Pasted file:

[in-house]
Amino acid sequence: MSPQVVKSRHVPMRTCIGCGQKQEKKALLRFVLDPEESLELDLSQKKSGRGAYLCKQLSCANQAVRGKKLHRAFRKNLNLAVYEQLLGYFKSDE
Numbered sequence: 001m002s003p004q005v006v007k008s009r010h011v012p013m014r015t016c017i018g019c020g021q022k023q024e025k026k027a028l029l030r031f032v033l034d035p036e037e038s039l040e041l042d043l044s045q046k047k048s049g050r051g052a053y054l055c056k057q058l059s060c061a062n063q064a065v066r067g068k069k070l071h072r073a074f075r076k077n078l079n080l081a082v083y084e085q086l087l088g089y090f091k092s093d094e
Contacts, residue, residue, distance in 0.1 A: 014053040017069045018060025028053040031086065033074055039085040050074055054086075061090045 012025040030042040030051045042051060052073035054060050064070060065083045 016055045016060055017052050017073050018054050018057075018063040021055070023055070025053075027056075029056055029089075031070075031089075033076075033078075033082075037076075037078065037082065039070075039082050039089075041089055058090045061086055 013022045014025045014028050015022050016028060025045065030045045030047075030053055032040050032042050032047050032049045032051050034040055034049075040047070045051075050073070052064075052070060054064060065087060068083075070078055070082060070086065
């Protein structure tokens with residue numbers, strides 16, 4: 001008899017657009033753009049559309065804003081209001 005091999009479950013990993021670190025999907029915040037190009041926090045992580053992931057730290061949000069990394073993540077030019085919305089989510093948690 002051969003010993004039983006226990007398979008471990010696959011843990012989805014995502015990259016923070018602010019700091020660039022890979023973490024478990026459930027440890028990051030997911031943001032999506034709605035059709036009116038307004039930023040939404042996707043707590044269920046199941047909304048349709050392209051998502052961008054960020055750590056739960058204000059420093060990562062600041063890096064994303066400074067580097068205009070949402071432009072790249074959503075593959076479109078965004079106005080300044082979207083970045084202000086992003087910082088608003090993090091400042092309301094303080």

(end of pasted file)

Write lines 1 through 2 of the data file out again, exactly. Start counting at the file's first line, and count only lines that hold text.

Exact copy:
[in-house]
Amino acid sequence: MSPQVVKSRHVPMRTCIGCGQKQEKKALLRFVLDPEESLELDLSQKKSGRGAYLCKQLSCANQAVRGKKLHRAFRKNLNLAVYEQLLGYFKSDE